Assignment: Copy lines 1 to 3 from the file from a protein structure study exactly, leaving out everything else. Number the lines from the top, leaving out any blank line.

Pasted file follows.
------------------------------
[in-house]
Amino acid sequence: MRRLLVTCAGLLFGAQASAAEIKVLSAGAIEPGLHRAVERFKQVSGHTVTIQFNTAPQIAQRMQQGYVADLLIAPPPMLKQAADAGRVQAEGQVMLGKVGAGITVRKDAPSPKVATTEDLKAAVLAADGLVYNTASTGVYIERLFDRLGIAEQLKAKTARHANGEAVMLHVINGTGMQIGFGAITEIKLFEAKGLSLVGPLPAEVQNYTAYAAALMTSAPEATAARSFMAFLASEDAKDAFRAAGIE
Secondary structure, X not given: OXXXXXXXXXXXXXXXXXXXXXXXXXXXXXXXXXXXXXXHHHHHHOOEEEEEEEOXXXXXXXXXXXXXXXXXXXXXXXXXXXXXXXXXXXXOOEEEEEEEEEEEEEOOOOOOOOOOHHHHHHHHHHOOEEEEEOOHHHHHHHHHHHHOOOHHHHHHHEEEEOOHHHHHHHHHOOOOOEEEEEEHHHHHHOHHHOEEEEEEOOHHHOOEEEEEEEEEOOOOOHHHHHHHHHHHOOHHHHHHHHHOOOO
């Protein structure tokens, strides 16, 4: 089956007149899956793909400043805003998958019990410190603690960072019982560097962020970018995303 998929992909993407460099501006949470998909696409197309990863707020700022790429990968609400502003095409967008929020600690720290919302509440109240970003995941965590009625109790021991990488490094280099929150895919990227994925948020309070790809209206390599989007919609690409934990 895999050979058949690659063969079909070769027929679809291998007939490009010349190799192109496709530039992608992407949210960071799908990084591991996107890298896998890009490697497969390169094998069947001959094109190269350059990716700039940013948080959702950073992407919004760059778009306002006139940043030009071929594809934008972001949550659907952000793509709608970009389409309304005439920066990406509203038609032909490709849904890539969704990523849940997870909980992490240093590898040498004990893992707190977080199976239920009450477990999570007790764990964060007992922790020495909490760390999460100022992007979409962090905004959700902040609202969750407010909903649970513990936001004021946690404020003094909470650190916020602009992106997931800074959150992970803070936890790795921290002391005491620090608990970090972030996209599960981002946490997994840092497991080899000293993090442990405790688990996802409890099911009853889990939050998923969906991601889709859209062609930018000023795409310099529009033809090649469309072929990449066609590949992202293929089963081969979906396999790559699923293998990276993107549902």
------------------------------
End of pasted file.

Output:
[in-house]
Amino acid sequence: MRRLLVTCAGLLFGAQASAAEIKVLSAGAIEPGLHRAVERFKQVSGHTVTIQFNTAPQIAQRMQQGYVADLLIAPPPMLKQAADAGRVQAEGQVMLGKVGAGITVRKDAPSPKVATTEDLKAAVLAADGLVYNTASTGVYIERLFDRLGIAEQLKAKTARHANGEAVMLHVINGTGMQIGFGAITEIKLFEAKGLSLVGPLPAEVQNYTAYAAALMTSAPEATAARSFMAFLASEDAKDAFRAAGIE
Secondary structure, X not given: OXXXXXXXXXXXXXXXXXXXXXXXXXXXXXXXXXXXXXXHHHHHHOOEEEEEEEOXXXXXXXXXXXXXXXXXXXXXXXXXXXXXXXXXXXXOOEEEEEEEEEEEEEOOOOOOOOOOHHHHHHHHHHOOEEEEEOOHHHHHHHHHHHHOOOHHHHHHHEEEEOOHHHHHHHHHOOOOOEEEEEEHHHHHHOHHHOEEEEEEOOHHHOOEEEEEEEEEOOOOOHHHHHHHHHHHOOHHHHHHHHHOOOO